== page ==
Highlights from the week’s juvenile justice and justice related articles, videos and more that are worth your time.
Juvenile Justice Center Teens Get Up-Close Look at City Jobs
A breath of fresh air comes our way from Corpus Christi, Texas! Youth from the juvenile justice center were given a tour of City Hall, met Mayor Nelda Martinez, and discussed pursuing jobs for the city with the human resources department. Ideally, this would be how we inspire all kids who have fallen of the beaten path. Activities like this set youth up to look forward to their futures. Even better? This shows kids that adults don’t expect them to be screw-ups for life; it shows them their lives aren’t meant to be spent in cinderblock cells.
New York City Plans Focus on Mental Health in Justice System
DeBlasio’s plan holds tremendous potential—can you imagine an American justice system that separates mental illness and the disease of addiction from criminality? The proposal lays out a four-year plan allocating $130 million to “break the revolving door of arrest, incarceration, and release.” We like the talk…now let’s see if NYC can walk the walk.
Indians in Juvenile Detention Get Incarceration, But No Rehabilitation
If you thought juvenile detention facilities were generally unfit to rehabilitate kids, wait until you here about the experiences of Native American youth in BIA (Bureau of Indian Affairs) detention facilities. Most of these facilities have no educational programming—literally. Beyond that, severe funding issues and facilities not being up to code result in youth being sent hundreds of miles away to serve their sentences, something which has been proven severely detrimental to the rehabilitation process.
Advocacy Groups Make Statement on Ferguson Grand Jury Decision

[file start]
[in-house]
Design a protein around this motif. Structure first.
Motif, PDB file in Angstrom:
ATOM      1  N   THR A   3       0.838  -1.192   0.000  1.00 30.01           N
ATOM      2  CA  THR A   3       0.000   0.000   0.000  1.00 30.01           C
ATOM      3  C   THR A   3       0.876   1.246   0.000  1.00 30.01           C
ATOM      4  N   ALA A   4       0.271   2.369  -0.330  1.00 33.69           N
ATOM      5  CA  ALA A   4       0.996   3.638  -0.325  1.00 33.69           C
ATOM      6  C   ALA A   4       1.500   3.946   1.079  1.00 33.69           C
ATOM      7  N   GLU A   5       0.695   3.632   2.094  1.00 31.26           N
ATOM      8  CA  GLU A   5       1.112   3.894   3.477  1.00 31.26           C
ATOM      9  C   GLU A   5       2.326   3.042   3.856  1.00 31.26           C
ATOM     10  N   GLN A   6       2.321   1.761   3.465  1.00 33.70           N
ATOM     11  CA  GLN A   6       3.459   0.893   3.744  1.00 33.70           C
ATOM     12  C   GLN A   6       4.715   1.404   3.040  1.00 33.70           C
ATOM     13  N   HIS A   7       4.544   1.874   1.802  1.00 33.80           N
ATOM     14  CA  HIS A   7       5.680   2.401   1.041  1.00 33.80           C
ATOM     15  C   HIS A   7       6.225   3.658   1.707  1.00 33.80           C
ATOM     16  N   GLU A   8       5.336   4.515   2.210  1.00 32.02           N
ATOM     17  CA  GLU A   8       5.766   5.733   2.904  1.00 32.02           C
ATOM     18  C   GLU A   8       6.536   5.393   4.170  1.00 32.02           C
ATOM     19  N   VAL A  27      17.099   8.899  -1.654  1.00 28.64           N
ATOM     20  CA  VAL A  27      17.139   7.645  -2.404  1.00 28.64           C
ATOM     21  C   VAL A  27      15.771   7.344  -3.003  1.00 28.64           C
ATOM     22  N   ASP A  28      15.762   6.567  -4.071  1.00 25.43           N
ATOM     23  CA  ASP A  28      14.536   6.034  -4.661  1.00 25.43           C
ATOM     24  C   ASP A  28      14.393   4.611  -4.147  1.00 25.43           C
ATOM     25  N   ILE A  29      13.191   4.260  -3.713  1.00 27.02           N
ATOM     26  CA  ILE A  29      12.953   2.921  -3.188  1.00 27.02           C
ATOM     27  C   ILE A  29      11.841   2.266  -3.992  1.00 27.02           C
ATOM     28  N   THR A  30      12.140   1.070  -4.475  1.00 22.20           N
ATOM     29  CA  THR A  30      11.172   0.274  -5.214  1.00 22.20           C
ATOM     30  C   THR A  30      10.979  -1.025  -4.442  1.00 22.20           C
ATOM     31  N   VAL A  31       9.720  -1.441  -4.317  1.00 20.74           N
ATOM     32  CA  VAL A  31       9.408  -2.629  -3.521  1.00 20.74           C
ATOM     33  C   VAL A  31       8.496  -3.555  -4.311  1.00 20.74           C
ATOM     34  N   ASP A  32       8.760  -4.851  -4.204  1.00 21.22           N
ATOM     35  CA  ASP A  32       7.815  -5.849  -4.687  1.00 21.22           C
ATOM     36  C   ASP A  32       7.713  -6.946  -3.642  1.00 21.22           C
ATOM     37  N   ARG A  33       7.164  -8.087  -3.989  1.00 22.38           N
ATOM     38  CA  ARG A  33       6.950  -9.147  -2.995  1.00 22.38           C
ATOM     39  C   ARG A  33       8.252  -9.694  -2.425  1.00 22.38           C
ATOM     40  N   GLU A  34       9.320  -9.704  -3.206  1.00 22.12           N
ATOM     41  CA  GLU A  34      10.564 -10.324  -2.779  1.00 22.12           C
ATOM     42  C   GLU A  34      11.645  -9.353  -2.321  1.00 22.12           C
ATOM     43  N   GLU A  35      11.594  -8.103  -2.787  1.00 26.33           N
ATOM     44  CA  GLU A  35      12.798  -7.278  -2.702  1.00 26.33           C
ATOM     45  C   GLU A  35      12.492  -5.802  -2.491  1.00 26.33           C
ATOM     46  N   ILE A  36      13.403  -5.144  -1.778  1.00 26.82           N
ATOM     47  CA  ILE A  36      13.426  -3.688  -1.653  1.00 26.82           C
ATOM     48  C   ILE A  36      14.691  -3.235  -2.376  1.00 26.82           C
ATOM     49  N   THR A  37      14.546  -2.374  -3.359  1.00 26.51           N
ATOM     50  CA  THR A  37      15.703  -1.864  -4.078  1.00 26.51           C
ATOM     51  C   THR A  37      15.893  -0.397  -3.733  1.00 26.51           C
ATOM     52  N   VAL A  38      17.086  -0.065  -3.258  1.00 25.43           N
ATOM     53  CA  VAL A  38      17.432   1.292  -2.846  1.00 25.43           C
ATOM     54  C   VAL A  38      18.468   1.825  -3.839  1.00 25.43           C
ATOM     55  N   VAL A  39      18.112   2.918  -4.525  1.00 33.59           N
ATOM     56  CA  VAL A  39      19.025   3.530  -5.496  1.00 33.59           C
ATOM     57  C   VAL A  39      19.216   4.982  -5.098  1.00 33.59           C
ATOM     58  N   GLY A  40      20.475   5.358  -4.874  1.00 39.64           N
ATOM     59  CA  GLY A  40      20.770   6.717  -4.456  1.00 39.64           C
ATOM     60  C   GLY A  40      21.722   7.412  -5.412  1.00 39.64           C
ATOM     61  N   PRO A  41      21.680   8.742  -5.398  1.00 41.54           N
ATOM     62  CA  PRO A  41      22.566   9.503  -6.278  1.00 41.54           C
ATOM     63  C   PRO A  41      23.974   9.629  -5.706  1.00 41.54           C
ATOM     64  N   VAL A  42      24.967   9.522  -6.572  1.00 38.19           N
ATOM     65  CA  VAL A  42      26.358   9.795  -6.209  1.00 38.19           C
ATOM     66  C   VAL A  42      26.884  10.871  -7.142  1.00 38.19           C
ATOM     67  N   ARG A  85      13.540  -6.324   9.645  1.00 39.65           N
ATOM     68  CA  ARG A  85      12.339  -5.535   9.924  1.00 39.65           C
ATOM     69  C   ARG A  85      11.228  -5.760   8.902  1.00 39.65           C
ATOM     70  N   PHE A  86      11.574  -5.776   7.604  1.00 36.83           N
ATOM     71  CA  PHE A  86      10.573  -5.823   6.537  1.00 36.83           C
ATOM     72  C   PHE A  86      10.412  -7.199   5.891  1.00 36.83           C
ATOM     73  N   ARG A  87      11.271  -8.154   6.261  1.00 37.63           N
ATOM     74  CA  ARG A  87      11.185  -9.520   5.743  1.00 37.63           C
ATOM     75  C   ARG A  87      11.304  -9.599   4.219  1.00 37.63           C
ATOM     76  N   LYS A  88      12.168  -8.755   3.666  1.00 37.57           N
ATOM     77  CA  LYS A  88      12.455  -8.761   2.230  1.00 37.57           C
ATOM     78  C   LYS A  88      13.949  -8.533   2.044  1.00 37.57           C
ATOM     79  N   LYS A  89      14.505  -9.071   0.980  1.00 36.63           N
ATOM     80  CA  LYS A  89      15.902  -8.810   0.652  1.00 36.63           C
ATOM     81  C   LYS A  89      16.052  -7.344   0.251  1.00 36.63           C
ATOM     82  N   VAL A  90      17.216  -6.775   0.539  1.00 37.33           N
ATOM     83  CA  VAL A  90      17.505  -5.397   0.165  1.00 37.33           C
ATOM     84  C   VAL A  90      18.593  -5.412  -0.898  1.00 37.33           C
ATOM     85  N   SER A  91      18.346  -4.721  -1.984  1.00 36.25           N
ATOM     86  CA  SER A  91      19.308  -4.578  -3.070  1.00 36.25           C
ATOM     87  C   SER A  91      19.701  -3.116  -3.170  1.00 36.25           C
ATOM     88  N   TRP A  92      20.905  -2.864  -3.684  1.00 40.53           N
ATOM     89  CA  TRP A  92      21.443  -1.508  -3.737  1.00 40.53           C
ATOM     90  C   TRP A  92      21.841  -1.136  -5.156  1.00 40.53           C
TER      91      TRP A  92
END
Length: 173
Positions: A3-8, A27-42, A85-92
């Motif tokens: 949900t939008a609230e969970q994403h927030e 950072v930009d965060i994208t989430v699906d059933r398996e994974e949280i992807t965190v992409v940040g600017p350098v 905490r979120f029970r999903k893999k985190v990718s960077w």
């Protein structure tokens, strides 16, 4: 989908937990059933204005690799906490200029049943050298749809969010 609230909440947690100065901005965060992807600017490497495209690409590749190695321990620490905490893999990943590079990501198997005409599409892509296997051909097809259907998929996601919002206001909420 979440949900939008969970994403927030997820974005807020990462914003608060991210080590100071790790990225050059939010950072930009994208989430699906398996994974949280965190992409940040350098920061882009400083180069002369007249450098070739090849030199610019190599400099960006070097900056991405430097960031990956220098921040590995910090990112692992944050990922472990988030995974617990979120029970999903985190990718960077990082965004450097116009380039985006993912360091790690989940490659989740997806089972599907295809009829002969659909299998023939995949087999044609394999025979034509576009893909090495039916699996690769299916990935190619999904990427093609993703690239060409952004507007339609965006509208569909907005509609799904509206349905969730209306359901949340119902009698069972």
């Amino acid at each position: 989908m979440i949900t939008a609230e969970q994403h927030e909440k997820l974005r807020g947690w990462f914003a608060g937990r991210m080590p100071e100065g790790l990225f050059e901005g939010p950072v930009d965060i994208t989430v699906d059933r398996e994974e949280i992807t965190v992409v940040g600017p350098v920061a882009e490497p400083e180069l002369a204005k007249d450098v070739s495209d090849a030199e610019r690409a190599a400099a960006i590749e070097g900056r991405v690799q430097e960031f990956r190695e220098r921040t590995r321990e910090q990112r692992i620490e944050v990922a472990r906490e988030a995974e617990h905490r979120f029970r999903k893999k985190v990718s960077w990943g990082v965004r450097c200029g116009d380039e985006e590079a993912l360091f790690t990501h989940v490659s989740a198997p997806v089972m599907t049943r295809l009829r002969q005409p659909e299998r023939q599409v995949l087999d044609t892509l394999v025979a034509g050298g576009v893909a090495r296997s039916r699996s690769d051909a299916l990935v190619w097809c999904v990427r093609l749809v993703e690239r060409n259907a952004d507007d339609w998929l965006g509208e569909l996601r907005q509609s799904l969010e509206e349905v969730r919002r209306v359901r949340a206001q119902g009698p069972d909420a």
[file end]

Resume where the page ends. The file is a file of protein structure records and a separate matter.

Seven juvenile justice organizations (many of which we have worked with) teamed up to make a statement about the grand jury decision not to indict officer Darren Wilson, and it is 100% spot on: “…our system has forfeited large numbers of youth of color, allowing the dehumanization of black and brown boys to determine whether and how we help youth in need and punish those who have harmed their communities. The decision in Ferguson demonstrates that in too many places, we do not value the lives of black and brown boys.”
People With Felonies, Criminal Records and Gang Affiliation Are Our Friends and Family
While Obama’s immigration plan is set to provide relief for millions, the labeleing of individuals as good or bad within the undocumented community is extremely problematic. Distinguishing that ‘a mom who’s working hard to provide for her kids’ deserves relief and those with criminal records or involved with gangs do not poses major problems as to how we perceive people, especially in communities of color. Think about it: there are plenty of moms doing everything to provide for their children, who may have also slipped in the eyes of the law, or are involved in a gang due to necessity.
READ MORE: http://www.huffingtonpost.com/abraham-paulos/people-with-felonies-crim_b_6228310.html?utm_hp_ref=prisonhttp://www.huffingtonpost.com/abraham-paulos/people-with-felonies-crim_b_6228310.html?utm_hp_ref=prison